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Jay Farrar resurrects Son Volt and Woody Guthrie

By Brian Baker, July 2005

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Did he ever. Within days of the crushing disappointment of Son Volt's short-circuited reunion, Farrar put together a shoestring band - Tift Merritt/Ryan Adams guitarist Brad Rice, Alejandro Escovedo/Jon Dee Graham bassist Andrew Duplantis and former Canyon drummer Dave Bryson - and took them into the studio to record the electrically charged new album.

Farrar had worked extensively with Bryson when Canyon served as opener/backing band for him in 2003, and Duplantis had actually opened for Son Volt back in 1997; Rice represented "a little bit of the unknown element."

With no rehearsal time, the just-add songs version of Son Volt coalesced cosmically around Farrar's gripping new tracks, almost spontaneously creating a potent roots/rock soundtrack that will be equally compelling to fans of the original Son Volt and to fans of Neil Young and Crazy Horse.

"It feels good to have done it," says Farrar of the new album. "For me, it represents getting back with a band, in general and everything that goes with that. It is nice, especially the way we worked, which was more organic and trying to capture things live as much as possible and keeping overdubs to a minimum. There's an element of spontaneity and camaraderie that makes the recording process a fun thing to do. We didn't know what to expect. We were all surprised that it worked."

Although Farrar admits that the songs on Okemah could have been arranged to fit into his solo format, he notes that they were different enough in his own mind to warrant framing them with the Son Volt reunion.

"I suppose they could have been, but they would have been presented a much different way if they'd wound up on a solo record," he says. "I felt that Son Volt was the proper place for them to go. Some of the songs were a little more melodic and uptempo than some of the stuff I'd been writing, and it just sort of reflects a different period in my life. Especially during the 'Terroir Blues' period, when my father was succumbing to cancer and passing away, I didn't really feel like rocking out. That's why that album sounds the way it does."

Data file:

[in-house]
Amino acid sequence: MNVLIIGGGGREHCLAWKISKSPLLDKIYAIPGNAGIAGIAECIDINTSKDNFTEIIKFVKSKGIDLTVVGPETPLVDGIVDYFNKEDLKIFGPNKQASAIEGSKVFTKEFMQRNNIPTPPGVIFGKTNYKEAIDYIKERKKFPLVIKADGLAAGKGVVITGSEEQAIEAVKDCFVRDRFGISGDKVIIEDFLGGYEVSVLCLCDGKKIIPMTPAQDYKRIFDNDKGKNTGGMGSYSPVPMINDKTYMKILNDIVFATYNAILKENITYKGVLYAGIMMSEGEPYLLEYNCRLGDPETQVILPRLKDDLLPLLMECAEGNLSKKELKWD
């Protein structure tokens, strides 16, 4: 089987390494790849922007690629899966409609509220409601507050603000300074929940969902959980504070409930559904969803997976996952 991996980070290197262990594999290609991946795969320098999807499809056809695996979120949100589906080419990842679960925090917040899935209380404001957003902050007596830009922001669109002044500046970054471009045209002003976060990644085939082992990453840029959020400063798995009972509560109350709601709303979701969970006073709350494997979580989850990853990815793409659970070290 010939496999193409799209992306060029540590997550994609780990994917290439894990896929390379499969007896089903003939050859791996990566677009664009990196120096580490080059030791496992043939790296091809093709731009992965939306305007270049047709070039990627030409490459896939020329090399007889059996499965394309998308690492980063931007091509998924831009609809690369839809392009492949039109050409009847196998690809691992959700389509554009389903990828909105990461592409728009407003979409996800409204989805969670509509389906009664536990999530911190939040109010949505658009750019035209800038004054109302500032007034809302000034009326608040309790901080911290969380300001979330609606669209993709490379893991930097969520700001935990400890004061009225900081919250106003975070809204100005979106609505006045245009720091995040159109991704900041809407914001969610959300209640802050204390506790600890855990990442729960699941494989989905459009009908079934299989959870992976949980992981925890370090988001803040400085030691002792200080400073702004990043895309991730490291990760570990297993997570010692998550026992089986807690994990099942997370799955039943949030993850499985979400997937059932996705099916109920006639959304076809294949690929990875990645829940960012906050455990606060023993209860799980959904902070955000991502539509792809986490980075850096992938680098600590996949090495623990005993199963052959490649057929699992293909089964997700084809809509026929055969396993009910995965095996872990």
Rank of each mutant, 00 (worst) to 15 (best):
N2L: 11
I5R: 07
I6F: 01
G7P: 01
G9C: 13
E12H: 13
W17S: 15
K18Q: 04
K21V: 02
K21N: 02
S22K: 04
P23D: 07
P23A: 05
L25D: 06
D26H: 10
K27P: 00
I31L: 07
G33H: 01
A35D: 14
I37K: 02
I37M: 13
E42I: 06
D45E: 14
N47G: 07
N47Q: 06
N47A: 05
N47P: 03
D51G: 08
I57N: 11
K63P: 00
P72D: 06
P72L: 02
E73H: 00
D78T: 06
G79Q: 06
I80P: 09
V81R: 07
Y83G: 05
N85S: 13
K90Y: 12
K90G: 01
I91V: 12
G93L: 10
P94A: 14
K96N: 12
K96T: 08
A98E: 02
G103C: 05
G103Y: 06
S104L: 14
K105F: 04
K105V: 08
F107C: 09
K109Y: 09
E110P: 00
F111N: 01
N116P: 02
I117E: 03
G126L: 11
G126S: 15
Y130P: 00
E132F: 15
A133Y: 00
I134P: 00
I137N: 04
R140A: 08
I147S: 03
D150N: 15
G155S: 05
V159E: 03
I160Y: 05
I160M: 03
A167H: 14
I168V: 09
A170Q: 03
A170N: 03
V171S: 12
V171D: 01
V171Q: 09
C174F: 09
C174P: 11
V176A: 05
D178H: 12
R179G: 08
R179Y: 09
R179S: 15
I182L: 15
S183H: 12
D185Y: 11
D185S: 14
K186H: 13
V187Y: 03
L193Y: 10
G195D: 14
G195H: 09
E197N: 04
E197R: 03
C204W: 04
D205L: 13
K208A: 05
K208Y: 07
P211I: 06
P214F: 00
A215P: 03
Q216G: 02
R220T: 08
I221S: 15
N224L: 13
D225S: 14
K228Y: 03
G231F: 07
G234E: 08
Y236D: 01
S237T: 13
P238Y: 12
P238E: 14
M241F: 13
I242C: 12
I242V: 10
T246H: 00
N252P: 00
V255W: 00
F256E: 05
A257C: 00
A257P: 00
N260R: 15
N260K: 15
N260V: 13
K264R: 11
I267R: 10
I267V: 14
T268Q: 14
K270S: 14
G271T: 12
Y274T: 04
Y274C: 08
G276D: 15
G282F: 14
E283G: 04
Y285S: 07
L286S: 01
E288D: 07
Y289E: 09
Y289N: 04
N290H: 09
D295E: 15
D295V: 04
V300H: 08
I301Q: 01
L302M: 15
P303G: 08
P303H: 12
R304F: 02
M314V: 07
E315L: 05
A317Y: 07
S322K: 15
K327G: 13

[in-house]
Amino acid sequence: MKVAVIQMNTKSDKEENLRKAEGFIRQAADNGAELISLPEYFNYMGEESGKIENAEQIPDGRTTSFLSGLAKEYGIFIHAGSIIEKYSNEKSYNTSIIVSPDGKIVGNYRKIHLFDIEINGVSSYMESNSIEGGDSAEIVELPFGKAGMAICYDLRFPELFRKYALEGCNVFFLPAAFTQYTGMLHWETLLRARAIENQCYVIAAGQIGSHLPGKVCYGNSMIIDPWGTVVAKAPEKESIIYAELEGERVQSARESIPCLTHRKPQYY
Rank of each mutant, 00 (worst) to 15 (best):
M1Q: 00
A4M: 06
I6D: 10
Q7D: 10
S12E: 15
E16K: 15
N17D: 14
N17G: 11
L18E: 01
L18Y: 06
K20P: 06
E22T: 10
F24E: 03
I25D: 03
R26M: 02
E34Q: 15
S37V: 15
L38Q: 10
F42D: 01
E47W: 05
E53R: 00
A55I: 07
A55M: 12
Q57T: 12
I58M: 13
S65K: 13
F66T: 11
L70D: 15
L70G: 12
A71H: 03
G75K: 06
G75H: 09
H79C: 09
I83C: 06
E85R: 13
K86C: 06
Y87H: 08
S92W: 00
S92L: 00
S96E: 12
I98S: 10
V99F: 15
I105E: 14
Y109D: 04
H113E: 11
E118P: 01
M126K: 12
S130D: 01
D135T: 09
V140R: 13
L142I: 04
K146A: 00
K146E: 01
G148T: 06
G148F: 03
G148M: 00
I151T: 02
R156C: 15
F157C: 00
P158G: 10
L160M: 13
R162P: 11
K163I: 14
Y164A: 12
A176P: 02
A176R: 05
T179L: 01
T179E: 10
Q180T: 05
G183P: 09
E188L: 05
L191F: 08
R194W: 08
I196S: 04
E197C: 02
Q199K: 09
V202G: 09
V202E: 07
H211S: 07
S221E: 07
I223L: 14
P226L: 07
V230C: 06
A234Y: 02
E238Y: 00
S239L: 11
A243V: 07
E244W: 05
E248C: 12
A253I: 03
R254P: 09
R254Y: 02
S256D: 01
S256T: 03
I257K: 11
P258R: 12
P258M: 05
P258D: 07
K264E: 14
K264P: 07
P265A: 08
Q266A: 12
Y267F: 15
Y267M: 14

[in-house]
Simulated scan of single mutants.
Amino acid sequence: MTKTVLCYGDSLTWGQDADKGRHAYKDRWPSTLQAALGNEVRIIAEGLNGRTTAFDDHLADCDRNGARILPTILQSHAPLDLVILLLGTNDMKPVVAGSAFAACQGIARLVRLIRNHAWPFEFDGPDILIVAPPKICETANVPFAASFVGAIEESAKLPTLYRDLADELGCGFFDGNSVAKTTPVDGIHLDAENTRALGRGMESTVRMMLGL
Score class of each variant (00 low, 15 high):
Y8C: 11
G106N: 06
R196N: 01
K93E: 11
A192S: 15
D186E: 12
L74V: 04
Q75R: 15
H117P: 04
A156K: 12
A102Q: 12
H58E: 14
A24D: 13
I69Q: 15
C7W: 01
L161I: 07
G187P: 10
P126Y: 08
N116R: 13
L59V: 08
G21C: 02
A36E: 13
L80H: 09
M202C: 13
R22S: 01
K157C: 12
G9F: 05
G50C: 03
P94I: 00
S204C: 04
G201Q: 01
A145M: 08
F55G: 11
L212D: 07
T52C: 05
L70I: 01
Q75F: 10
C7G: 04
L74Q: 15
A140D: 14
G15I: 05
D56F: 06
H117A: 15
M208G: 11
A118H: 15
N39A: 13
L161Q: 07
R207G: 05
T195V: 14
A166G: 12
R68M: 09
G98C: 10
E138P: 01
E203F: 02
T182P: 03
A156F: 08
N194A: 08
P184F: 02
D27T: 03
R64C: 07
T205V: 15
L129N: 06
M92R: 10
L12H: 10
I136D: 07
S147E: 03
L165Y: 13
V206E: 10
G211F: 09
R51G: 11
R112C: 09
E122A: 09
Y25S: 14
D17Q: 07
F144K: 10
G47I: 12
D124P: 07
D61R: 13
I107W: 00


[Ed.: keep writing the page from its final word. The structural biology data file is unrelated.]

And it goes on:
In that context, there is a certain joyful abandon in Okemah's songs that reflects Farrar's relatively more upbeat viewpoint these days. He's become a father twice over the past six years, his solo career was personally and creatively satisfying, and he is in the process of revisiting a band that earned him a great deal of acclaim and adoration during its run.

At the same time, Farrar is addressing a number of weighty political issues on "Okemah and the Melody of Riot," as he turns a cynical eye toward the Bush administration and the military morass in Iraq.

The album's title is a nod to Woody Guthrie's hometown of Okemah, Okla., and Farrar name checks the political folkie directly in the lyrics of the album's opening track, the incendiary rocker "Bandages and Scars:" "The words of Woody Guthrie ringing in my head."